It is important to note that it is not only the physical characteristics, but also the chemical characteristics of the soil as well as landscape factors play a key role in the effluent renovation process. In order to understand the complex processes taking place in a subsurface effluent disposal area, influential parameters were identified using soil chemical concepts. Accordingly, the primary focus of this final phase of the research project was to identify linkages between various soil chemical parameters and landscape patterns and their contribution to the effluent renovation process. The research outcomes will contribute to the development of robust criteria for evaluating the performance of subsurface effluent disposal systems.

The outcomes The key findings from the soil investigations undertaken are: • Effluent renovation is primarily undertaken by a combination of various soil physico-chemical parameters and landscape factors, thereby making the effluent renovation processes strongly site dependent. • Decisions regarding site suitability for effluent disposal should not be based purely in terms of the soil type. A number of other factors such as the site location in the catena, the drainage characteristics and other physical and chemical characteristics, also exert a strong influence on site suitability. • Sites, which are difficult to characterise in terms of suitability for effluent disposal, will require a detailed soil physical and chemical analysis to be undertaken to a minimum depth of at least 1.2 m. • The Ca:Mg ratio and Exchangeable Sodium Percentage are important parameters in soil suitability assessment. A Ca:Mg ratio of less than 0.5 would generally indicate a high ESP. This in turn would mean that Na and possibly Mg are the dominant exchangeable cations, leading to probable clay dispersion. • A Ca:Mg ratio greater than 0.5 would generally indicate a low ESP in the profile, which in turn indicates increased soil stability. • In higher clay percentage soils, low ESP can have a significant effect. • The presence of high exchangeable Na can be counteracted by the presence of swelling clays, and an exchange complex co-dominated by exchangeable Ca and exchangeable Mg. This aids absorption of cations at depth, thereby reducing the likelihood of dispersion. • Salt is continually added to the soil by the effluent and problems may arise if the added salts accumulate to a concentration that is harmful to the soil structure. Under such conditions, good drainage is essential in order to allow continuous movement of water and salt through the profile. Therefore, for a site to be sustainable, it would have a maximum application rate of effluent. This would be dependent on subsurface characteristics and the surface area available for effluent disposal. • The dosing regime for effluent disposal can play a significant role in the prevention of salt accumulation in the case of poorly draining sites. Though intermittent dosing was not considered satisfactory for the removal of the clogging mat layer, it has positive attributes in the context of removal of accumulated salts in the soil.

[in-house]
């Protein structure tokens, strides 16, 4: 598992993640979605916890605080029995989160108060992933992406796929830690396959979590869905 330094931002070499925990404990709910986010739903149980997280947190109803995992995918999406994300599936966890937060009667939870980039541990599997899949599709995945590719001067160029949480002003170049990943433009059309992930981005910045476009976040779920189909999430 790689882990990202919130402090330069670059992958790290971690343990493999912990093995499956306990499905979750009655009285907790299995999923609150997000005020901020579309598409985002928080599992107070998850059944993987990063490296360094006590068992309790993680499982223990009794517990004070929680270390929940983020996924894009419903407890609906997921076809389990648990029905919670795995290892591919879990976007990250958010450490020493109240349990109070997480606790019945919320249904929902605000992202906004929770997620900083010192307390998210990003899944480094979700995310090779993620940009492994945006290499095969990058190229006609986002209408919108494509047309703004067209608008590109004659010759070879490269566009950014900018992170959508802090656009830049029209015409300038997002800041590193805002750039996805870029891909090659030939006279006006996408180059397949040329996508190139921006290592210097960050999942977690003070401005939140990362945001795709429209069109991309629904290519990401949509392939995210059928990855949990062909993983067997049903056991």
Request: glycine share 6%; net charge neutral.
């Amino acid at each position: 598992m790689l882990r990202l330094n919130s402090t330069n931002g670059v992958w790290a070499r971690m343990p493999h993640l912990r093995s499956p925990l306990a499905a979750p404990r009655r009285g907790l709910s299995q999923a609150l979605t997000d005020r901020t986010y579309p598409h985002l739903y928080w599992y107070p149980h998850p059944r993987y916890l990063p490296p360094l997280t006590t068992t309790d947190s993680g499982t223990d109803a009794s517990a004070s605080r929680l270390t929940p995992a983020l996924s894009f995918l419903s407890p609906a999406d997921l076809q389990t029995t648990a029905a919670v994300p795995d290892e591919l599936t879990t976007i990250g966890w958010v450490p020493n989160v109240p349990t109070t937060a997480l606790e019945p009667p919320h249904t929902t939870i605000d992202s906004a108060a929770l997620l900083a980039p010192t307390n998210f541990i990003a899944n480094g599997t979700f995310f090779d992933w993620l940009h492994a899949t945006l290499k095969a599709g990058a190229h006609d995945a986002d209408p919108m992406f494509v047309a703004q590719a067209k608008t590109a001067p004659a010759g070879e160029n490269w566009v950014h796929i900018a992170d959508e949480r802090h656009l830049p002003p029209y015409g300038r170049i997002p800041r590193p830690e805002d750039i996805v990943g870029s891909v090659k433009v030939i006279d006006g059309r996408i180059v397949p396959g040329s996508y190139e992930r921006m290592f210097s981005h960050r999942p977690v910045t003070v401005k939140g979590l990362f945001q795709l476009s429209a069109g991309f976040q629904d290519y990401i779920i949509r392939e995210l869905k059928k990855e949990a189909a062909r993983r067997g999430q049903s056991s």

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ID Code: 54212
Item Type: Report
Keywords: on-site wastewater treatment, on-site sewage treatment, septic tanks, aerobic wastewater treatment
Subjects: Australian and New Zealand Standard Research Classification > ENGINEERING (090000) > ENVIRONMENTAL ENGINEERING (090700) > Environmental Engineering Design (090701)
Divisions: Past > QUT Faculties & Divisions > Faculty of Built Environment and Engineering
Past > Schools > School of Urban Development
Copyright Owner: Copyright 2000 The Authors
Deposited On: 18 Oct 2012 12:53
Last Modified: 19 Oct 2012 11:21